L[control + ’]ucia.
When the ‘u’ was hit the accent would appear above it. (In the end after about fifty thousand times of doing this, I decided to put LĂșcia on the autotext. Wish I’d thought of it sooner!)

Finally, a word about dashes—that is the two –  (small dashes) together to make a long dash—If your version of Word doesn’t do it, it is found on Insert > autotext > auto format as you type; check the appropriate box. This looks nice and professional when you have a printed book.

However, suppose you want to say at the end of a paragraph:

            I cannot stay, I really can’t—

If you just type the sentence, when you hit space, or return for the paragraph it will come out like this:

            I cannot stay, I really can’t--

No long dash. You need to add a full stop, apostrophe, etc., to the end, or a letter then space, you will get the desired effect:

            I cannot stay, I really can’t--n plus space

Of course you need to delete the letter [n] or full stop, or whatever, and the dash will remain a long dash. Job done.

Simple when you know how!

Evelyn Tidman is the author of four historical novels.
Available on Amazon at

Tuesday, 22 November 2016

How Could 17th Century Exiles Receive Money from England?

As a writer, there are times when a character in a historical novel needs to get their hands on some money. In seventeenth century Britain, how did they do it?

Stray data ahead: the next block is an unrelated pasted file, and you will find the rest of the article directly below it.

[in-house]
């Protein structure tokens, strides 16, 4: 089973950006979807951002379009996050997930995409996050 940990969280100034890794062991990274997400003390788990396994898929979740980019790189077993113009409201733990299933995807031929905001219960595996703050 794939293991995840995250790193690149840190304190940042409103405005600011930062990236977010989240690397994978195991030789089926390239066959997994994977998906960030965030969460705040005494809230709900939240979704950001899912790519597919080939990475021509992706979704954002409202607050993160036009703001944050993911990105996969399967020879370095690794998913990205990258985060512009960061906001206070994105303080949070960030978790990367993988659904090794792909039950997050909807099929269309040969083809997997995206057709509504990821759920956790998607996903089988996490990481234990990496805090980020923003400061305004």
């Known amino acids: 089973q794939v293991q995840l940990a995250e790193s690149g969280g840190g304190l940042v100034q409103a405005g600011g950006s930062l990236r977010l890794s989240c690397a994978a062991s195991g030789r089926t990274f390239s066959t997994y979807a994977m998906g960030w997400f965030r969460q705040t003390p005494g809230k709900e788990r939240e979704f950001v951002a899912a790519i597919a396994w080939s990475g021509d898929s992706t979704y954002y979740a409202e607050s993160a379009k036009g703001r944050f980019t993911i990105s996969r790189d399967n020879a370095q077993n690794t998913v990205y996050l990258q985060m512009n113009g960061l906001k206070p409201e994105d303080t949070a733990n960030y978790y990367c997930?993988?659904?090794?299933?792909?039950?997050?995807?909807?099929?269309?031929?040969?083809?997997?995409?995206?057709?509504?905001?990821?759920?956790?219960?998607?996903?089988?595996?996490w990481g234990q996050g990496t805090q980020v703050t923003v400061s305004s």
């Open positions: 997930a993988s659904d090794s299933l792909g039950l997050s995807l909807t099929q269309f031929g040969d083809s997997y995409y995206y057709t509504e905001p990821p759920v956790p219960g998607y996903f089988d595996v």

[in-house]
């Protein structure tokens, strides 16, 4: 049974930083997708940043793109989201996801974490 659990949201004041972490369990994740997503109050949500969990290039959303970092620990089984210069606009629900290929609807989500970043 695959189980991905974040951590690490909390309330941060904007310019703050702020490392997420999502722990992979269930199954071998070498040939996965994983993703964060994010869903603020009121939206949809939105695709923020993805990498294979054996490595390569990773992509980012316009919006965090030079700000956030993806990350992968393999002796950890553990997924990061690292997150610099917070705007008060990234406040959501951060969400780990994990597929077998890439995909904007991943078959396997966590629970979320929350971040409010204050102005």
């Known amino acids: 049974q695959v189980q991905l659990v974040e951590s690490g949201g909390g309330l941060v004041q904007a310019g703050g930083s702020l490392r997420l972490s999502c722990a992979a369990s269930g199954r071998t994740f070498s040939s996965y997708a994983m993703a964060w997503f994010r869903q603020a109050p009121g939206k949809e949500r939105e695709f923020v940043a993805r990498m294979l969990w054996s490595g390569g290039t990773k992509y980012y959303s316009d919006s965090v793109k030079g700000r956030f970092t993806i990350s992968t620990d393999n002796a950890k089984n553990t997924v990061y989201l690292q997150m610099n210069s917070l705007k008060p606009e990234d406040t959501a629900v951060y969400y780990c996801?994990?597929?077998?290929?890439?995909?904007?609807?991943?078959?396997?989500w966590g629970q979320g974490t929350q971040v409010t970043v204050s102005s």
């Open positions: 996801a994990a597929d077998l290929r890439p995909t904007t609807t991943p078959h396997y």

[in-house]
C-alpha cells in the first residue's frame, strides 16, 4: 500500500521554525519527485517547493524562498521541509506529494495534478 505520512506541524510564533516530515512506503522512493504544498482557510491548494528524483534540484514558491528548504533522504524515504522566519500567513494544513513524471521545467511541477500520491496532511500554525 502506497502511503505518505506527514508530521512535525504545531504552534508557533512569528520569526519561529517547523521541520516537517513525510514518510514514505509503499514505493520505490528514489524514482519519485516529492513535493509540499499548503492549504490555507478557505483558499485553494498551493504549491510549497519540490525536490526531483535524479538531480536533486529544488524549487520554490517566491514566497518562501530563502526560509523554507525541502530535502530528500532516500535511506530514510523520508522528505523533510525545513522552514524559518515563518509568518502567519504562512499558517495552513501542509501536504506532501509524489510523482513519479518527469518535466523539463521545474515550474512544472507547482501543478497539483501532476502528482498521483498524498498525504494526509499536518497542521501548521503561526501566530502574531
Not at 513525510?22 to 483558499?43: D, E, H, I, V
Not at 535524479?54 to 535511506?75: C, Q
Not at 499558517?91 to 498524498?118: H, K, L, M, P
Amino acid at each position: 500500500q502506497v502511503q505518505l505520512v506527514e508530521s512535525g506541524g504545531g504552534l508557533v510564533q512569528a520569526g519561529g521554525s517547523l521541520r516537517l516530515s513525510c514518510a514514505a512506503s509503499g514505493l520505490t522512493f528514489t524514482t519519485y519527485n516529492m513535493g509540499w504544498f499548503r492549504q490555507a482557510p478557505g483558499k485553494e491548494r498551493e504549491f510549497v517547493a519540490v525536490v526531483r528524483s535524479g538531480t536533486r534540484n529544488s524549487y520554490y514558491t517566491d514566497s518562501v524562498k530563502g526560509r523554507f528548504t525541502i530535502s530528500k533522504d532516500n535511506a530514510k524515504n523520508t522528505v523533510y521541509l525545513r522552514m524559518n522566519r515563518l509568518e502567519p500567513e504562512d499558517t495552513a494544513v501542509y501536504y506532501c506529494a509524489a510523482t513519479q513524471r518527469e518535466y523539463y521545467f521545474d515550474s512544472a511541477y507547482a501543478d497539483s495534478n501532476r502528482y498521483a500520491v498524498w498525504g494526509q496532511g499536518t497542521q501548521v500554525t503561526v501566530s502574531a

I came across this when I researched life for the exiles in the court of Charles II in Holland and France. Many were running out of money, and Edward Hyde writes of the generosity of the Princess Royal (i.e., Mary, sister to Charles II, wife of William I of Orange) in providing a house for him, rent free:

During that time the Princess Royal had, out of her own princely nature and inclination, cultivated by the civility and offices of the Lady Stanhope, conferred a very seasonable obligation upon him [that is, Edward Hyde] , by assigning a house that was in her disposal at Breda to his wife and children, who thereupon left Antwerp, and without the payment of any house rent, were more conveniently, because more frugally, settled in their new mansion at Breda.

Which prompted me to ask: How did he survive? Where did he get money to live on? Was someone sending him money? If so, how? And not just Hyde, but all the exiles. Some struggled in poverty.

Roger L’Estrange, while he was in Newgate, needed money to pay the jailer,  and for his food and lodging. When he slipped out of Newgate with ‘the privity of [his] keeper’ where did he get the money to survive? He had no inheritance yet, but he did have an allowance from his family in Norfolk. But he did not go to Norfolk, he went to Kent. So how did his allowance reach him?

A glance at the banking system in 17th century England might be useful.

The first provincial bank was opened in 1650, two years after Roger was in Kent, and it was not until 1694 that the Bank of England was founded. Until then, the prototype of banking was through goldsmiths. They had acquired much gold following the dissolution of the monasteries. However many goldsmiths were associated with the Crown, and Charles I seized the gold held at the Royal Mint in the Tower of London, making the Royal Mint no longer a safe place to keep gold. The goldsmiths turned to the gentry and aristocracy.

Goldsmiths, the ‘keepers of running cash’ accepted gold in exchange for a receipt. Further, they accepted written instructions to pay back either to the depositor or to a third party, which instruction was the precursor of the cheque or banknote. So Roger could have received written instructions from his father, or his father’s agent or clerk, to receive money from a goldsmith.